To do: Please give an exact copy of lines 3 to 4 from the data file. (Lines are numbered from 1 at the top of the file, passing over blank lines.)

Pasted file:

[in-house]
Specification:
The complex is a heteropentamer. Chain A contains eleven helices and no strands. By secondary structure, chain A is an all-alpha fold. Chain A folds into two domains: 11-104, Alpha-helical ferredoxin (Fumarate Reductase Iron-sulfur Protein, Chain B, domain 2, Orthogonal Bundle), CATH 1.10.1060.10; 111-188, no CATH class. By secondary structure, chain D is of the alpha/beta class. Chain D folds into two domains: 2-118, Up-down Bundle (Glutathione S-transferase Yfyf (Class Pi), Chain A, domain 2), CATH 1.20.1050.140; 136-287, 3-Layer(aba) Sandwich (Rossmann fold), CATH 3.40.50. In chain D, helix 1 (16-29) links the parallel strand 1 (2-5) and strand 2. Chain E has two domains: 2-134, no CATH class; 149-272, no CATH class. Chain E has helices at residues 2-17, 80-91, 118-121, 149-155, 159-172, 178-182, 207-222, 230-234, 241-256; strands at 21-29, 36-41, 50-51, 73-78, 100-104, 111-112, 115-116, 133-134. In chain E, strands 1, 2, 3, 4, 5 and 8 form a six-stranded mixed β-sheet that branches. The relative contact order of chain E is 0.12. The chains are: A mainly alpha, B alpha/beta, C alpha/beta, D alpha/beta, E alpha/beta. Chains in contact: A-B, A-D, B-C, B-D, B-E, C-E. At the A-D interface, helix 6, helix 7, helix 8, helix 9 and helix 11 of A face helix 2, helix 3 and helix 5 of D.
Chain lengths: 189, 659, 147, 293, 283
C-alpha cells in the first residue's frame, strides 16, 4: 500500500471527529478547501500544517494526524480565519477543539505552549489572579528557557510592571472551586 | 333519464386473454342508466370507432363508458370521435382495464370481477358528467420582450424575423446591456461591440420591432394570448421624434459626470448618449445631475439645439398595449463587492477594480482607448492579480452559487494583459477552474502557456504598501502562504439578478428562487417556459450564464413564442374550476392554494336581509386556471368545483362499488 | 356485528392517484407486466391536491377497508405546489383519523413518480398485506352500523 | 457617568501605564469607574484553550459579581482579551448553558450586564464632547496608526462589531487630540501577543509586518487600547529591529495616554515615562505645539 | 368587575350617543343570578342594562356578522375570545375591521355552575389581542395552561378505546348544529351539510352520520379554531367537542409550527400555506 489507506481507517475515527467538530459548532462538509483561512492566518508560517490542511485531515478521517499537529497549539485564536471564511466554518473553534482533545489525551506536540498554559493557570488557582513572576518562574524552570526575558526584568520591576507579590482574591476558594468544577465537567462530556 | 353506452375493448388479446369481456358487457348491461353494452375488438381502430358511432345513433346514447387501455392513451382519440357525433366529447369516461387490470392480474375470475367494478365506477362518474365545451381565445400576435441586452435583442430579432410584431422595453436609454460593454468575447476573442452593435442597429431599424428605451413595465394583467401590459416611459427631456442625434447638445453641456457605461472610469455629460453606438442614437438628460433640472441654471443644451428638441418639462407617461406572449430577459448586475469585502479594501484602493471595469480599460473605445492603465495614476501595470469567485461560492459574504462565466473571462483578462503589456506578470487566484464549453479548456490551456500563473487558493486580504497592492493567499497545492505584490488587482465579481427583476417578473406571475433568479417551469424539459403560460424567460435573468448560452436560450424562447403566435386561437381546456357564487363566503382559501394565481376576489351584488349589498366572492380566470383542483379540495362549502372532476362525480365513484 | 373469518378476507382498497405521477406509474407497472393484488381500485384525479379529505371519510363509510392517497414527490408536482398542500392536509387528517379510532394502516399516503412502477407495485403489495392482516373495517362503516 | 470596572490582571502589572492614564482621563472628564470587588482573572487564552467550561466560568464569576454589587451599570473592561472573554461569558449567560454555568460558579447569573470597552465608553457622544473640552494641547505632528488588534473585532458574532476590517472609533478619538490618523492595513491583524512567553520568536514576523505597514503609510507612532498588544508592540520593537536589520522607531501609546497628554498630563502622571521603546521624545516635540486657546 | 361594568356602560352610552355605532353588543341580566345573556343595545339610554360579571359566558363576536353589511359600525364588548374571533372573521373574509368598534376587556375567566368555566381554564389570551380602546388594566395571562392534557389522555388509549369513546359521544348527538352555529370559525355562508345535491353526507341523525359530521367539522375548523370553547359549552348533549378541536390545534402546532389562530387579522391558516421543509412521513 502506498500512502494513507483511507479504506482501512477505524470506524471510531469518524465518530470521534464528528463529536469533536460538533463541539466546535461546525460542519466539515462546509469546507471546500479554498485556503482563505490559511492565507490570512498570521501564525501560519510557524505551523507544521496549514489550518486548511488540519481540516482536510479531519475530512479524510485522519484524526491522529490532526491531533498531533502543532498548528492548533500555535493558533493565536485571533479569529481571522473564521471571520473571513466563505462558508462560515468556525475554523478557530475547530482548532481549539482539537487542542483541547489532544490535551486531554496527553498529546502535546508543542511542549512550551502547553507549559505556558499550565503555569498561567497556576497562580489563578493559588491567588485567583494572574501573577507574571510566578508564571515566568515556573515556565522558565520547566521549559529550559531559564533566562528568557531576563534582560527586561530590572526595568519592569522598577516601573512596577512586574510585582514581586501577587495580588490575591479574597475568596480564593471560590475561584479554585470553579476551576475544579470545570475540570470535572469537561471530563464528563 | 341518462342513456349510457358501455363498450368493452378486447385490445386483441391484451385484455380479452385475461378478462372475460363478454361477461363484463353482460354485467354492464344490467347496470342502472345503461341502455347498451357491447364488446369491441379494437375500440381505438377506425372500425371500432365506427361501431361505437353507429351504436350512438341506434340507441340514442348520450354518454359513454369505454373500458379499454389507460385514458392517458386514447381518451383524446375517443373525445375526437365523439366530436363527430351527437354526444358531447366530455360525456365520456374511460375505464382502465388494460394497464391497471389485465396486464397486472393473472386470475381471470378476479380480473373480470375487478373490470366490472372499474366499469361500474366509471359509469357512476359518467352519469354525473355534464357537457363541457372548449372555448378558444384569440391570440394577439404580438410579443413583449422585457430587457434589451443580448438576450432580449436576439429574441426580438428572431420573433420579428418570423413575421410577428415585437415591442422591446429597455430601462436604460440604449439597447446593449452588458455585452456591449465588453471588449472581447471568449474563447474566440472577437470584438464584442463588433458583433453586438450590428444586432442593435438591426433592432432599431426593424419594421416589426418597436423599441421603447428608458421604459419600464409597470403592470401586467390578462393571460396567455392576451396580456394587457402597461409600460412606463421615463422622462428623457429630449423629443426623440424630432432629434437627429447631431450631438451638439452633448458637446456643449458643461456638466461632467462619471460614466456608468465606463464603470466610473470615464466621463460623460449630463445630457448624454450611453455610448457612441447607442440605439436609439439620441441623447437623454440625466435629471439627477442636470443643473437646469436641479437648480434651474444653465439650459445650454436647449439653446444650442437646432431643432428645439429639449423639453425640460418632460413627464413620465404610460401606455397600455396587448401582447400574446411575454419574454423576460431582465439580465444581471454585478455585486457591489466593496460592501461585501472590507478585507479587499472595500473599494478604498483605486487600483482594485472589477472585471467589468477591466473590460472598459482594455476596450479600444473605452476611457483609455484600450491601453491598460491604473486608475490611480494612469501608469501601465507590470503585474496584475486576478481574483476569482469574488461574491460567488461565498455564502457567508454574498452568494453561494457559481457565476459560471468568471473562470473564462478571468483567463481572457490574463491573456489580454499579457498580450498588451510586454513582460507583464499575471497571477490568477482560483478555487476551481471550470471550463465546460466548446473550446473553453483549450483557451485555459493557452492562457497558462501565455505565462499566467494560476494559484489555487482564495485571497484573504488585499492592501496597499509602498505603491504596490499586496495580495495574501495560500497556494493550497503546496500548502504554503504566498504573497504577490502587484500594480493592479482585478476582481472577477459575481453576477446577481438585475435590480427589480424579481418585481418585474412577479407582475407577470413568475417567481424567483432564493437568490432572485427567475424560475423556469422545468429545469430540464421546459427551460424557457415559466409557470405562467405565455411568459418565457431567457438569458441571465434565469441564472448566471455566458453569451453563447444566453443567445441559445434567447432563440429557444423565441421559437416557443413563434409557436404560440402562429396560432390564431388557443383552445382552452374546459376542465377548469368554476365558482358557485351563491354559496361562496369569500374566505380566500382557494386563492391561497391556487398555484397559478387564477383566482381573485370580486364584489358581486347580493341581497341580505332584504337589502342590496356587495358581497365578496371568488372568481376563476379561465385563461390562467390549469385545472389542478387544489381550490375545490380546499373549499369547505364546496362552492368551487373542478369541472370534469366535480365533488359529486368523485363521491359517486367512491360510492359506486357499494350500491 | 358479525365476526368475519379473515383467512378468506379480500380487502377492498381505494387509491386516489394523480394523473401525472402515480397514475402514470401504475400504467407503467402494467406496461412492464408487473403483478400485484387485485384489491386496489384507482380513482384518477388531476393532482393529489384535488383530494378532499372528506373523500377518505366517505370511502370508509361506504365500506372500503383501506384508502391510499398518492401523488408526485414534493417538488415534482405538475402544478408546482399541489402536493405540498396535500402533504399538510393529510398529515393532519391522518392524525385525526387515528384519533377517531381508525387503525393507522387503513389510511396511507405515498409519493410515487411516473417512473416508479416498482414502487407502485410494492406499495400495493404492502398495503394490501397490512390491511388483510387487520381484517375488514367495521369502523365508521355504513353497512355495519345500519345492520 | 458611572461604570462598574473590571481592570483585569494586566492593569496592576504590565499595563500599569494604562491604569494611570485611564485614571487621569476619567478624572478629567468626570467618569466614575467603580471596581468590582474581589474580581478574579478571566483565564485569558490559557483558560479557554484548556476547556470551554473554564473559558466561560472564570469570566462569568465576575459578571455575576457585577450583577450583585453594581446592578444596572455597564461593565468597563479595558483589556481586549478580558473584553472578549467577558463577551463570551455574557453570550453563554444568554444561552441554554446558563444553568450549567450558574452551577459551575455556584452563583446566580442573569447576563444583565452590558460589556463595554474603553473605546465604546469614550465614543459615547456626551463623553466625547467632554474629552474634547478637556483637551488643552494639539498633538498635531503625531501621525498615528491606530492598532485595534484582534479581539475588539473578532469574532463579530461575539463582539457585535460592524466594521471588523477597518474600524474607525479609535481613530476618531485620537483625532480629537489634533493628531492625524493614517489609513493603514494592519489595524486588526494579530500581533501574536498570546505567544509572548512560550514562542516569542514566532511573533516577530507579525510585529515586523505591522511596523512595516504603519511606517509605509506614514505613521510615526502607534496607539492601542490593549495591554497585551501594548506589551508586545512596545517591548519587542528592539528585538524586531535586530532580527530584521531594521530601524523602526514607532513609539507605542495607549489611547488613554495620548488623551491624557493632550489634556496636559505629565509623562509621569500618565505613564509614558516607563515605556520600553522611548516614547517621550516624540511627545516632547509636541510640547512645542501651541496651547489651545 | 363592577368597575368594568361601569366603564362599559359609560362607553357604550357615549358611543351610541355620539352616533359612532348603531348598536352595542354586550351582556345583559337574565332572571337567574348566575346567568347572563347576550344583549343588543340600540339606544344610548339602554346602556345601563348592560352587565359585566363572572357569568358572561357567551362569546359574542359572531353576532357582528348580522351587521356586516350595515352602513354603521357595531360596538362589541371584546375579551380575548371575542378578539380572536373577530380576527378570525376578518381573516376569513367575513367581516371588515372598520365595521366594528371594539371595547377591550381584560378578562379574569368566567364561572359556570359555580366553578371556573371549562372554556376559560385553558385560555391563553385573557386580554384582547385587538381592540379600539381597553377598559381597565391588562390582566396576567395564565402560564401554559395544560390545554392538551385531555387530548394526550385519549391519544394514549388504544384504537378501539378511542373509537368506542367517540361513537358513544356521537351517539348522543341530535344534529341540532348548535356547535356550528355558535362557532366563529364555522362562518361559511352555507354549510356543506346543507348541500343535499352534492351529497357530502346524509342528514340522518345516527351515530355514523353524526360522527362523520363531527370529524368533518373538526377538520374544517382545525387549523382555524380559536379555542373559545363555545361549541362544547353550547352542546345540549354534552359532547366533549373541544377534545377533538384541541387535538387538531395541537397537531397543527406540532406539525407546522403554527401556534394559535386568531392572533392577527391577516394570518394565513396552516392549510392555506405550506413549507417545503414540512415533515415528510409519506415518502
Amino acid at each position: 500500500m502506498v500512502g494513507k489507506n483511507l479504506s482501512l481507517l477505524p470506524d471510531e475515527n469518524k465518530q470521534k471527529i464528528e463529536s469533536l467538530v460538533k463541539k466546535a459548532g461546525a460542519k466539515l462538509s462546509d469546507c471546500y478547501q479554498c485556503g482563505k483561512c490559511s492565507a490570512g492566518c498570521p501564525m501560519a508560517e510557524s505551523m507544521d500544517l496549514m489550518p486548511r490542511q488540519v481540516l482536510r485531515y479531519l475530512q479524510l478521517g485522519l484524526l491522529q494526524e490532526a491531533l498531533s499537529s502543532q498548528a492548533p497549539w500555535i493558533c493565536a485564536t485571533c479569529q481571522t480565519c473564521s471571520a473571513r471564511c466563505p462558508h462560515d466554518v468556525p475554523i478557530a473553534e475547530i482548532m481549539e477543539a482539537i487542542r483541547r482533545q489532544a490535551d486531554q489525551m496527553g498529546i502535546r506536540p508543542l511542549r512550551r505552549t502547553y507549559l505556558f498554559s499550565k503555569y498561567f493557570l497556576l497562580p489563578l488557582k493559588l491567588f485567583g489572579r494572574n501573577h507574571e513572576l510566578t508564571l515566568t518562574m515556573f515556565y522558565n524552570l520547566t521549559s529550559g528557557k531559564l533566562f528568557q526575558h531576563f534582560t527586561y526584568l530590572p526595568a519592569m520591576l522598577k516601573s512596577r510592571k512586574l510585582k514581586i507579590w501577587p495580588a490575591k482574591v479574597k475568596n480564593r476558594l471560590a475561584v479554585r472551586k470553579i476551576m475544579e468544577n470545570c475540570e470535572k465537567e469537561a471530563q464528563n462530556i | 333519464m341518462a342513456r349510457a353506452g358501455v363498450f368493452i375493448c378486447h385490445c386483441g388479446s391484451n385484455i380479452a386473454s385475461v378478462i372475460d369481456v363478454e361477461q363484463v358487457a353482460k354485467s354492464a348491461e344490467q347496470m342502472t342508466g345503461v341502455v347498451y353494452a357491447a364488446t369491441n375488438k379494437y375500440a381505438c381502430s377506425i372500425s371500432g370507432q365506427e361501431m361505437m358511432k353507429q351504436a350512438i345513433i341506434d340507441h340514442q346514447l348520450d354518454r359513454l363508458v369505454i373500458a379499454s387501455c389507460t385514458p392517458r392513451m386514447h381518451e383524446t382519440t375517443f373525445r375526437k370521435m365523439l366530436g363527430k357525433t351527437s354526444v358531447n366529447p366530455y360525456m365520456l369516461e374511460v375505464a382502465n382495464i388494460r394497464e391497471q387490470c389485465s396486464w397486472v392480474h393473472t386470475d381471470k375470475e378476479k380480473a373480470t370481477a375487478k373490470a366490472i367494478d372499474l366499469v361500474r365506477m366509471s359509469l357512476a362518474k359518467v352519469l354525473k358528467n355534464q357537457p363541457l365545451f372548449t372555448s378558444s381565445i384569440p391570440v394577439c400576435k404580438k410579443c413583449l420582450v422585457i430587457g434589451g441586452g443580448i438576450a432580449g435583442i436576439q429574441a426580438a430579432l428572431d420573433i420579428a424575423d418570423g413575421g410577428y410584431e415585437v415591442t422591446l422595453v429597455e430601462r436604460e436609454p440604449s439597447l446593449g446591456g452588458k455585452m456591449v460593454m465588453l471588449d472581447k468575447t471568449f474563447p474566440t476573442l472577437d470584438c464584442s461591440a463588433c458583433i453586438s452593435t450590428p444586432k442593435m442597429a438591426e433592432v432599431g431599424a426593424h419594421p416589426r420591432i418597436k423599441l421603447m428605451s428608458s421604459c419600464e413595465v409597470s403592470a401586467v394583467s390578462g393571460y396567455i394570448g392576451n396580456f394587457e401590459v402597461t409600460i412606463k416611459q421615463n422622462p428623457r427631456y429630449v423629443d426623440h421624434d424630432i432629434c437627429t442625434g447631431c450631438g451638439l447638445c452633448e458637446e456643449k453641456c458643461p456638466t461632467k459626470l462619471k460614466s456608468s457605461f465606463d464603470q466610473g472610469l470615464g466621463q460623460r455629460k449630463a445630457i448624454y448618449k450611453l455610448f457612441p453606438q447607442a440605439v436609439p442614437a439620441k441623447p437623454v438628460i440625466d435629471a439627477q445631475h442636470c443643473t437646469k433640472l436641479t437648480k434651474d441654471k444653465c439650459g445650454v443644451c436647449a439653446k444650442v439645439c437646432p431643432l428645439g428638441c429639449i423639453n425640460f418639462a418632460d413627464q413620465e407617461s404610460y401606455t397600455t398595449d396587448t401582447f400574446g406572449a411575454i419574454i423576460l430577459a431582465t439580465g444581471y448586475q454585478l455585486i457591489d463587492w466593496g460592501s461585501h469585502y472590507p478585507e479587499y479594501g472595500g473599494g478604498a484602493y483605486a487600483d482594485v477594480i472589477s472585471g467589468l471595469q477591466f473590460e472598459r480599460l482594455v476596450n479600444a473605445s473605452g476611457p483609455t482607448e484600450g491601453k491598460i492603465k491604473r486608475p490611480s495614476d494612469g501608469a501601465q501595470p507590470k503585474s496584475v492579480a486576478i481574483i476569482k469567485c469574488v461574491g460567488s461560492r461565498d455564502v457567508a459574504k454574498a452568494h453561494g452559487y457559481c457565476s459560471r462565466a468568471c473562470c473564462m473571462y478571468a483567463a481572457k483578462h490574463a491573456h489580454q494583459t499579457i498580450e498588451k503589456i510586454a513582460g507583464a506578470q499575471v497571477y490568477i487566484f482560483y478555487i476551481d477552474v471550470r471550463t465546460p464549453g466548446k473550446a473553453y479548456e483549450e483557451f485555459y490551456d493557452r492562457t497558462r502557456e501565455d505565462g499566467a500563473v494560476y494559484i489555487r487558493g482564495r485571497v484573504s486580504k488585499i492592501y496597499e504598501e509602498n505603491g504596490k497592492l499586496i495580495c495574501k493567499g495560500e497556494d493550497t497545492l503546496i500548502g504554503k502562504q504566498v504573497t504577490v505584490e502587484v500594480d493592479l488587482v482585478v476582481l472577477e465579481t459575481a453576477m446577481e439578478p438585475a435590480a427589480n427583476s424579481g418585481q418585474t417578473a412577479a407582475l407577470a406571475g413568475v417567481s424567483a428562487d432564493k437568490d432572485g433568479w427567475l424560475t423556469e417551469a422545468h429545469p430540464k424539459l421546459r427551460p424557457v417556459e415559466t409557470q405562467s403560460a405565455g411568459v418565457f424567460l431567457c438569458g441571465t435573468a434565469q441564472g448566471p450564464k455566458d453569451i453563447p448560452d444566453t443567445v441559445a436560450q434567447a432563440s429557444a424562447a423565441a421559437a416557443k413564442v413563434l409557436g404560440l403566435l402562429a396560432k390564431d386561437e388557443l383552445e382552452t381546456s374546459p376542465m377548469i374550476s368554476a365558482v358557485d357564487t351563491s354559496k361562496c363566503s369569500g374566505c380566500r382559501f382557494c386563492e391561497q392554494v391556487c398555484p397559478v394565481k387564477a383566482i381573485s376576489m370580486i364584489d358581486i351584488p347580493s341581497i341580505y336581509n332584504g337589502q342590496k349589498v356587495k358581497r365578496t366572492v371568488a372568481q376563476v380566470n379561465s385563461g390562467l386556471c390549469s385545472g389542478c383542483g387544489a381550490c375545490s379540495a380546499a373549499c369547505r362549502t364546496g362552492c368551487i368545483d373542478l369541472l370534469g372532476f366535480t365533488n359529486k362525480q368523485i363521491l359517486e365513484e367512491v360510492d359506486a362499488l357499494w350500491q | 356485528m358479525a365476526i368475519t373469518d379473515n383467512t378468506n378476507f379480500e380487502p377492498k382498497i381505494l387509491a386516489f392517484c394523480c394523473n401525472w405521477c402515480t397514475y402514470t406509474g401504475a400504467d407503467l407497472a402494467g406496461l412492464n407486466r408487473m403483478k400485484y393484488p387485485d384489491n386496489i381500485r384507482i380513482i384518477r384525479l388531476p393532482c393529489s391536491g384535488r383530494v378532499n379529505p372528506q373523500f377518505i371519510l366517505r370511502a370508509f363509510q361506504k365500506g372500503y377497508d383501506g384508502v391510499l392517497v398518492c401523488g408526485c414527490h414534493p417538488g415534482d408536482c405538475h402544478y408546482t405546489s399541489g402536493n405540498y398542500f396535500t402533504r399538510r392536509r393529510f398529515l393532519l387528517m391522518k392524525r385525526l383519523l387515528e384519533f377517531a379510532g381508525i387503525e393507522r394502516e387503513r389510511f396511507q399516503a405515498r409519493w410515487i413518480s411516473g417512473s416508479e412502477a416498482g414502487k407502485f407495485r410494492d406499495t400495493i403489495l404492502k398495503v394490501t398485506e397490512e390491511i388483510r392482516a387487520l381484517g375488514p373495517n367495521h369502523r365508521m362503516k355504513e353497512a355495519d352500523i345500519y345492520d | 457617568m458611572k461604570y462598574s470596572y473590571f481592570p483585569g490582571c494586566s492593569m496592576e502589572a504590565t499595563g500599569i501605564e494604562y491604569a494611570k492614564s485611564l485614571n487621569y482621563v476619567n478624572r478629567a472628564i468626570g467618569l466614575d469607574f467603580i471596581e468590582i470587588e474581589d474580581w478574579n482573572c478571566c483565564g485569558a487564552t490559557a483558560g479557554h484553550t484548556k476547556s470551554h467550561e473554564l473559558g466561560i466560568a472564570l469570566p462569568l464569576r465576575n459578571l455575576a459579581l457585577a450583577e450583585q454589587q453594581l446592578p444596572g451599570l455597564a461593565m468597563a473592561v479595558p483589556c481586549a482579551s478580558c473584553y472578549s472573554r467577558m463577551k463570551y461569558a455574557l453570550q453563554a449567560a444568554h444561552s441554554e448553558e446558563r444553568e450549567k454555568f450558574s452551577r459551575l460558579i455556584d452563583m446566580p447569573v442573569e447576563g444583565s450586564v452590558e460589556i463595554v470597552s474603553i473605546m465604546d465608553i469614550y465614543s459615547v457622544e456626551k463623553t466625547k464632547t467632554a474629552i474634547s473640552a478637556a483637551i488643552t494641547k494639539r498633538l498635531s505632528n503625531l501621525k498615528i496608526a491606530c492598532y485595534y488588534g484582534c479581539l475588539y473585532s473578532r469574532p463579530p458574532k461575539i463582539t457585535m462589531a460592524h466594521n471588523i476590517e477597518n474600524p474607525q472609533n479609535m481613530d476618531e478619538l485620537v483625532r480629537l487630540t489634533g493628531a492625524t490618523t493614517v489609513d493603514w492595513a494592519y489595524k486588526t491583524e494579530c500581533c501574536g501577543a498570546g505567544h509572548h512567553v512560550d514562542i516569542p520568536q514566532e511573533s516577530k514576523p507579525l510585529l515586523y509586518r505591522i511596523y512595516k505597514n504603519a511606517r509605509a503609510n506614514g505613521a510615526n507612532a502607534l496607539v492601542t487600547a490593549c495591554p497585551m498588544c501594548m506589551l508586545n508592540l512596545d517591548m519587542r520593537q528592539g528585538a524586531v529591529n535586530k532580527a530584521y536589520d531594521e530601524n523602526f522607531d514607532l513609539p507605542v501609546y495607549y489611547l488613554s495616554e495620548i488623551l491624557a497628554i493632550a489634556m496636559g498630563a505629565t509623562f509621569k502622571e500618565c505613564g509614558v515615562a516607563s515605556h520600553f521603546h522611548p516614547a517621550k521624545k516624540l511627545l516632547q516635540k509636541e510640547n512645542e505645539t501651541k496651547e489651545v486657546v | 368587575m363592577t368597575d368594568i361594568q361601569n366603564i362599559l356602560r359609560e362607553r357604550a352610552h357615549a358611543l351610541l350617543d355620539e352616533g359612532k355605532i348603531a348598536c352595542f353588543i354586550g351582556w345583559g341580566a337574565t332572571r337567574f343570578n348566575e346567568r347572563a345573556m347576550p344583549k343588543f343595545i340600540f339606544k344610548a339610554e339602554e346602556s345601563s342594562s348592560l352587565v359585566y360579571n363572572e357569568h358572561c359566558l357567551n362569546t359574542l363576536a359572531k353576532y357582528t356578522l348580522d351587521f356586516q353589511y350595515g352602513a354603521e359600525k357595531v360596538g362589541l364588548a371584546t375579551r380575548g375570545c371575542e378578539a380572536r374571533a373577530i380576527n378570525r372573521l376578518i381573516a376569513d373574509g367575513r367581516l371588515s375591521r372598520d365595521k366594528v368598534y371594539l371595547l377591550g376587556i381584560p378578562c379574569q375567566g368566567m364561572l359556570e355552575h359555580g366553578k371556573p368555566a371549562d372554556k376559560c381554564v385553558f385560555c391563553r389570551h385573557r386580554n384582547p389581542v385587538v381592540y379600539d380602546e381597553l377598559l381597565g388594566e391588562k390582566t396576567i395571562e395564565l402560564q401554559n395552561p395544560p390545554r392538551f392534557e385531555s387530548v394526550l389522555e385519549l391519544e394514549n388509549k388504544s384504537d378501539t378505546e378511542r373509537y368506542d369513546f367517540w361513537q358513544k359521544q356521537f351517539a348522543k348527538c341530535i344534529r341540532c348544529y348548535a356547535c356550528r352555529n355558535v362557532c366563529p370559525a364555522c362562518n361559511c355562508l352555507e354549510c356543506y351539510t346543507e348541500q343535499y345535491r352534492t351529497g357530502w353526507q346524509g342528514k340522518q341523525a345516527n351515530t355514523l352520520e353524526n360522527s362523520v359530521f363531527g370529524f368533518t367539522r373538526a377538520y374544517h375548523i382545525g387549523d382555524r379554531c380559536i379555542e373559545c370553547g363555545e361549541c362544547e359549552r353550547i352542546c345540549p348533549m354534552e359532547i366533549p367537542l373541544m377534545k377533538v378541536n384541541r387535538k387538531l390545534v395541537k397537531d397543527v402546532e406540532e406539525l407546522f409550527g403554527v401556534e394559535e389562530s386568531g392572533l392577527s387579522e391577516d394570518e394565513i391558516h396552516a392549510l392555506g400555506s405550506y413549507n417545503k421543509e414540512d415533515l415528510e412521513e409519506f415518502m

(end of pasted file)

The complex is a heteropentamer. Chain A contains eleven helices and no strands. By secondary structure, chain A is an all-alpha fold. Chain A folds into two domains: 11-104, Alpha-helical ferredoxin (Fumarate Reductase Iron-sulfur Protein, Chain B, domain 2, Orthogonal Bundle), CATH 1.10.1060.10; 111-188, no CATH class. By secondary structure, chain D is of the alpha/beta class. Chain D folds into two domains: 2-118, Up-down Bundle (Glutathione S-transferase Yfyf (Class Pi), Chain A, domain 2), CATH 1.20.1050.140; 136-287, 3-Layer(aba) Sandwich (Rossmann fold), CATH 3.40.50. In chain D, helix 1 (16-29) links the parallel strand 1 (2-5) and strand 2. Chain E has two domains: 2-134, no CATH class; 149-272, no CATH class. Chain E has helices at residues 2-17, 80-91, 118-121, 149-155, 159-172, 178-182, 207-222, 230-234, 241-256; strands at 21-29, 36-41, 50-51, 73-78, 100-104, 111-112, 115-116, 133-134. In chain E, strands 1, 2, 3, 4, 5 and 8 form a six-stranded mixed β-sheet that branches. The relative contact order of chain E is 0.12. The chains are: A mainly alpha, B alpha/beta, C alpha/beta, D alpha/beta, E alpha/beta. Chains in contact: A-B, A-D, B-C, B-D, B-E, C-E. At the A-D interface, helix 6, helix 7, helix 8, helix 9 and helix 11 of A face helix 2, helix 3 and helix 5 of D.
Chain lengths: 189, 659, 147, 293, 283